Glaucoma is a disease of the eyes that can lead to vision loss or blindness due to damage to the optic nerve. In order to understand how glaucoma can occur, we must first understand the anatomy of the eye.
The eye is a very complex and important organ of our body. Each eye produces a fluid known as the aqueous humor that, under normal circumstances, should drain from the eye through canals inside the eye in order to maintain a healthy eye pressure. If the production of aqueous humor is normal, but the drainage is not in pace with the fluid’s production, the fluid pressure inside the eyes (known as intraocular pressure, or IOP) can increase, leading to some types of glaucoma.
Glaucoma can lead to vision loss or blindness by causing damage to the optic nerve. The optic nerve is the nerve that transmits the visual signals from the eyes to the brain, which is what allows us to see.
There are multiple types of glaucoma, with three of the most common types described below:
Open angle glaucoma:
- This is the most common form
- Here, the eye’s drainage canals become blocked, but not completely, hence being called “open angle”
- IOP increases as the fluid drains too slowly
- Sometimes patients might have no signs or symptoms but can gradually lose their vision if this type of glaucoma is not treated in time
- It usually responds well to medication, especially if caught early and treated
Closed angle glaucoma:
- Also called acute or narrow angle glaucoma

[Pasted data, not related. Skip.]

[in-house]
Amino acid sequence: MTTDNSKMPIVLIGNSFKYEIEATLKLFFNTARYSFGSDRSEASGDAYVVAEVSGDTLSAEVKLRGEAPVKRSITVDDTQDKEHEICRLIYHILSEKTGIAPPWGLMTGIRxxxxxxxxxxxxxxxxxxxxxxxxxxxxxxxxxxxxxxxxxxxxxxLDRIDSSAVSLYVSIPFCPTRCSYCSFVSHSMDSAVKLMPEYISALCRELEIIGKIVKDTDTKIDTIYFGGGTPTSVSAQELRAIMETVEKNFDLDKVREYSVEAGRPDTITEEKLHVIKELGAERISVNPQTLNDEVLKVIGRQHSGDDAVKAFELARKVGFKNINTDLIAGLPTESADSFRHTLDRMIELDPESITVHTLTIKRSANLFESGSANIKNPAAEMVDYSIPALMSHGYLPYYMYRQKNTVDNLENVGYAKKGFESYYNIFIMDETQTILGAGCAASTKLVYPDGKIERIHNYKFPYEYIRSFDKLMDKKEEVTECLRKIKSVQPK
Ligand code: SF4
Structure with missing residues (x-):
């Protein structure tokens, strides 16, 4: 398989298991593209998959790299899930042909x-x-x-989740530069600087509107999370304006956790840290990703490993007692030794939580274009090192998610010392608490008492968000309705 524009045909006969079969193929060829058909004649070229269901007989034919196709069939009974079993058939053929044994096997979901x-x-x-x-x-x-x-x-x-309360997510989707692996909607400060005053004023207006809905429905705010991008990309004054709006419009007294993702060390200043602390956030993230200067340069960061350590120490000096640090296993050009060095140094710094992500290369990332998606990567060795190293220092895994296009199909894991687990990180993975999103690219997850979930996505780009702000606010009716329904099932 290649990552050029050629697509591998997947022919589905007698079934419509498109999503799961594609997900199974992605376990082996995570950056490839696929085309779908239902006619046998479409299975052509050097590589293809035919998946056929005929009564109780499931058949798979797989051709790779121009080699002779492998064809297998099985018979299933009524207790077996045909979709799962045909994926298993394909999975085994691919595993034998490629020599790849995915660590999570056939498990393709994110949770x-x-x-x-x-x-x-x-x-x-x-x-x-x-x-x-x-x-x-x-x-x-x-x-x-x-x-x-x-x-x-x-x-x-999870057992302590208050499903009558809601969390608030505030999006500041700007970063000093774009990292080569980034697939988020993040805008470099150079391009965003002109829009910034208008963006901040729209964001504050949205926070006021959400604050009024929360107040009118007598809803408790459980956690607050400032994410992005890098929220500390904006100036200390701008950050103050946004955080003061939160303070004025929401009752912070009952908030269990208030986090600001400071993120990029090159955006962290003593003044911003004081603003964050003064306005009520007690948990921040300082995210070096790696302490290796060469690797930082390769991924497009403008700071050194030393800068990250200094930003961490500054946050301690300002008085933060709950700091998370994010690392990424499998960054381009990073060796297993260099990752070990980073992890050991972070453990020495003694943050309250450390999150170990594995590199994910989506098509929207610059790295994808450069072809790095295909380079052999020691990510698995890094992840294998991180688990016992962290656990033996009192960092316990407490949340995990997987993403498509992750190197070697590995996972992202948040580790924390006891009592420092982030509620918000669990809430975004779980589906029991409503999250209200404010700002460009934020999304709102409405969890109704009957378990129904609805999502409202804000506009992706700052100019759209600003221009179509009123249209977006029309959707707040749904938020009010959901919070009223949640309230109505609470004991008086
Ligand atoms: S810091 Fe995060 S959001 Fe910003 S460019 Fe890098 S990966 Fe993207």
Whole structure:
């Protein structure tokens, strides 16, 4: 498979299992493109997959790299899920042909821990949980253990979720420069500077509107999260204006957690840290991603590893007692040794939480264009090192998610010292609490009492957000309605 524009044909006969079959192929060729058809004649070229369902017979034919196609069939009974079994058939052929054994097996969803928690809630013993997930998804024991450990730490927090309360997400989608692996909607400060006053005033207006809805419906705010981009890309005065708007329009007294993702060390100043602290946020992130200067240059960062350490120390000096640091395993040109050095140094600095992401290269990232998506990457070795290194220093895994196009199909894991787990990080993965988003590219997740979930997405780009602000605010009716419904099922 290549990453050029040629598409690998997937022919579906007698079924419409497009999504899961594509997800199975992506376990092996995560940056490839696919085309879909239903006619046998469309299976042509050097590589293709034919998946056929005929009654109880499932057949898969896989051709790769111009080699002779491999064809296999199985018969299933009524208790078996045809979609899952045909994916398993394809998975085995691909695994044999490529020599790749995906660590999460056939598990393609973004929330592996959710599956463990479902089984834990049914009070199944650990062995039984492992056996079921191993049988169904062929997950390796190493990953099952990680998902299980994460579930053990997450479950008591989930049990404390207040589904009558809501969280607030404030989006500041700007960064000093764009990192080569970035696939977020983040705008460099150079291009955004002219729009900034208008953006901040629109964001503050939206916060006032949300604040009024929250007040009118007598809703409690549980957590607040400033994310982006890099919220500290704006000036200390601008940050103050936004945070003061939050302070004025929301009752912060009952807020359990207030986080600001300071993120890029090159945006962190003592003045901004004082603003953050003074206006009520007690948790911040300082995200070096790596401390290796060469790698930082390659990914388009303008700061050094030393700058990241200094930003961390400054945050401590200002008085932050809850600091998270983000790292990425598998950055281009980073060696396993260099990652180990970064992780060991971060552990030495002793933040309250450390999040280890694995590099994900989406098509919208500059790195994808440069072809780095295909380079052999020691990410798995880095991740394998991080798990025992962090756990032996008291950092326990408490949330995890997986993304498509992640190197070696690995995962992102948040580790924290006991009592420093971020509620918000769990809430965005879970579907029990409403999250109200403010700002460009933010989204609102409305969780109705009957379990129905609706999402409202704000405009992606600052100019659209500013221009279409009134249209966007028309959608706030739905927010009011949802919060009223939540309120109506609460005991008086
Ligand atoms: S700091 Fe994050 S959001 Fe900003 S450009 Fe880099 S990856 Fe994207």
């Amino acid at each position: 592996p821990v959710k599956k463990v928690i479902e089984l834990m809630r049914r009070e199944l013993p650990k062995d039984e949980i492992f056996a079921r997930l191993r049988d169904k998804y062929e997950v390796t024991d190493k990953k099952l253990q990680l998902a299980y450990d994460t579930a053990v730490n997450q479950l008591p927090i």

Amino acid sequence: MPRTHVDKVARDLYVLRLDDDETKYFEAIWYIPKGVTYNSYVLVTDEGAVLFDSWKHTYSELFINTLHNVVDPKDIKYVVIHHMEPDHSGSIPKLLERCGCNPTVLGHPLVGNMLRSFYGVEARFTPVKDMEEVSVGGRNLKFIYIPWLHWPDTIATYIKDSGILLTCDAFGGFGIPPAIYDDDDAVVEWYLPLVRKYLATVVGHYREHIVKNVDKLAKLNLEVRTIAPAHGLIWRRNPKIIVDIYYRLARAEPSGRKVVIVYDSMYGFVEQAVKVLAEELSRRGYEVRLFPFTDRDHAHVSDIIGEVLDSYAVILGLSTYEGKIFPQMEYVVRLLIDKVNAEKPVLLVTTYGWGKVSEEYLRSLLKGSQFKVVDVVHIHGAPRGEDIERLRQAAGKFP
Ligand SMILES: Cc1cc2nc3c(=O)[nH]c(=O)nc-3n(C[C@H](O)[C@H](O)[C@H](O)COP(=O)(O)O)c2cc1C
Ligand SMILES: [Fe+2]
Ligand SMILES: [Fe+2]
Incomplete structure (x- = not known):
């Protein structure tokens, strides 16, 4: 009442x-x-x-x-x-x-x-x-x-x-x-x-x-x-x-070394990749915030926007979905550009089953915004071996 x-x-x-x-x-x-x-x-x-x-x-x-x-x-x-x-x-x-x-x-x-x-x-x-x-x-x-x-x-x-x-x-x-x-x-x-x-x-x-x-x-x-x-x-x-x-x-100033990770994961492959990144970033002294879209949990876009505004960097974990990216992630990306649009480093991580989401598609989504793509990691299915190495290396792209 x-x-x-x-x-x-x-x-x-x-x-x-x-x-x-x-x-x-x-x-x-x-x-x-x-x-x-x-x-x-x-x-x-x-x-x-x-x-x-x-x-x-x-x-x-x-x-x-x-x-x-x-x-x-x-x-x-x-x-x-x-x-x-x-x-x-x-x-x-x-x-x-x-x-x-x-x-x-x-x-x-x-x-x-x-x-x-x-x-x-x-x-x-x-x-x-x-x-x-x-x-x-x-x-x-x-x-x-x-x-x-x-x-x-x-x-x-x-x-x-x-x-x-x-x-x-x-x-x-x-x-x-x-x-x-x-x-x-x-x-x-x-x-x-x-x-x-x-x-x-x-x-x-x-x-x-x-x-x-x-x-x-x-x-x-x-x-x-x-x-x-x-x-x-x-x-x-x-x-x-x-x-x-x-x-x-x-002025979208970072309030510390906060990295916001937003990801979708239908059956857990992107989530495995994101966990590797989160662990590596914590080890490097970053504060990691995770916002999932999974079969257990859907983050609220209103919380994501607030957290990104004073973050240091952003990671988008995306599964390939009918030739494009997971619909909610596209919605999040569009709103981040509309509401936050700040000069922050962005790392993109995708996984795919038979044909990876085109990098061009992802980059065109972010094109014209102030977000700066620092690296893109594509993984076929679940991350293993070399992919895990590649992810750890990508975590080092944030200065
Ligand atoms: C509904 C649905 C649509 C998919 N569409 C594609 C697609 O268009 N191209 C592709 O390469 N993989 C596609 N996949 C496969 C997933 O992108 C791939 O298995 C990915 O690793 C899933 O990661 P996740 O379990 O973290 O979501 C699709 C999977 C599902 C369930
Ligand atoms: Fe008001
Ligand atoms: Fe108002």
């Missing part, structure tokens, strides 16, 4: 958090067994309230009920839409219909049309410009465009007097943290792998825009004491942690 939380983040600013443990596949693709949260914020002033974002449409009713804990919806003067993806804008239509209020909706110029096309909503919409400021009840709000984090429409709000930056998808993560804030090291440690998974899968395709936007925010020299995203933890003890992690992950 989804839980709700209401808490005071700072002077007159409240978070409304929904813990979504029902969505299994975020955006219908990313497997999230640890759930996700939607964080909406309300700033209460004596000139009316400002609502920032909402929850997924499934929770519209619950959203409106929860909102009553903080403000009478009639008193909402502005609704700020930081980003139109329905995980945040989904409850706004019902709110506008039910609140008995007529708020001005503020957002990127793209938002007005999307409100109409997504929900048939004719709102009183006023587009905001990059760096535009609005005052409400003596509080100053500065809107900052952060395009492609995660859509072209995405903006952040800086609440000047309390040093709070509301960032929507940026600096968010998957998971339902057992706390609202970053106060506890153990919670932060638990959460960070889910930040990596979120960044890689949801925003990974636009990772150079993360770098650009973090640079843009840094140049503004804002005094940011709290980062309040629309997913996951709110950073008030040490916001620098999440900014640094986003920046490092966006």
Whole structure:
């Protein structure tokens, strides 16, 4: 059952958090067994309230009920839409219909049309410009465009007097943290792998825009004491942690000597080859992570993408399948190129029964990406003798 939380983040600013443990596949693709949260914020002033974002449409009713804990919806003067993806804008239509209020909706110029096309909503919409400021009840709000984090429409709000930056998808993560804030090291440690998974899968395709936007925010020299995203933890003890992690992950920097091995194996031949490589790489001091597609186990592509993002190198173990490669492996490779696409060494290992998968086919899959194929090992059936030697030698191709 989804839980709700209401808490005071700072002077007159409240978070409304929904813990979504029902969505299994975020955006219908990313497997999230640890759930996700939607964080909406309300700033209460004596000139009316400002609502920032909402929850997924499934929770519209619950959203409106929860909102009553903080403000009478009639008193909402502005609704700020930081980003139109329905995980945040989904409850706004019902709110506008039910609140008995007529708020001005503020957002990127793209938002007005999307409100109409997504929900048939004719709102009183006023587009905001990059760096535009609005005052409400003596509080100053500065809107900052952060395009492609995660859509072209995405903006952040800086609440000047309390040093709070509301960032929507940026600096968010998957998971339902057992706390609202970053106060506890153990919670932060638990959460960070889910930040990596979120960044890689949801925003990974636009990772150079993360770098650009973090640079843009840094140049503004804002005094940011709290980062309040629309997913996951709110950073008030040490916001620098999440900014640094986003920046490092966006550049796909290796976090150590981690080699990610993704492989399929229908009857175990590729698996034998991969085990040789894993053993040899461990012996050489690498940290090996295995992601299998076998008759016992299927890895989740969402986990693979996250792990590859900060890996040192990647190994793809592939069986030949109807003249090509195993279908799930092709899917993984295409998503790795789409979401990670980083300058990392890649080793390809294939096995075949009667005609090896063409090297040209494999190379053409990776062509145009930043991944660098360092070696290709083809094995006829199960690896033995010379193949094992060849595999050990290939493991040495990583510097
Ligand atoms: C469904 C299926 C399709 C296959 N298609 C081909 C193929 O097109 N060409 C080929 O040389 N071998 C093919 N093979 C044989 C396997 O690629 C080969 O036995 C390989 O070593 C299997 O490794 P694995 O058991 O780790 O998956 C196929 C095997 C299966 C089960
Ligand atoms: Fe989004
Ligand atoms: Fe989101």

- Much rarer and the IOP rises very quickly, rather than gradually over time
- Occurs when the opening of the drainage canal gets covered or completely blocked by the iris, which is in close proximity to the canal opening. The iris will change shape if the pupil (the black part of the eye) responds to changes in the amount of light present by widening or narrowing. If the iris covers the canal due to the pupil’s movement, it will obliterate the drainage angle and cause fluid to build up.
- Signs and symptoms of closed angle glaucoma occur suddenly and may include headaches, intense eye pain, nausea and vomiting, rainbows or halos around lights at night, and very blurred vision
- Closed angle glaucoma is a medical emergency and should be treated immediately to prevent permanent vision loss
Normal tension glaucoma:
- Also known as low-tension or normal-pressure glaucoma because here the IOP is within normal range but the optic nerve is damaged due to some reason other than pressure build up
- Risk factors include: positive family history, Japanese descent, low blood pressure, being female, and having a history of systemic heart disease, such as irregular heart rhythm
- The initial signs can be loss of vision starting from the periphery (or side) appearing as if you are looking through a tube. It is often called the “silent thief of sight” since there might be no initial signs and symptoms of glaucoma unless considerable loss of sight is observed
If you observe any of the symptoms described above and are in doubt, consult your doctor to avoid any damage to the optic nerve and your vision.
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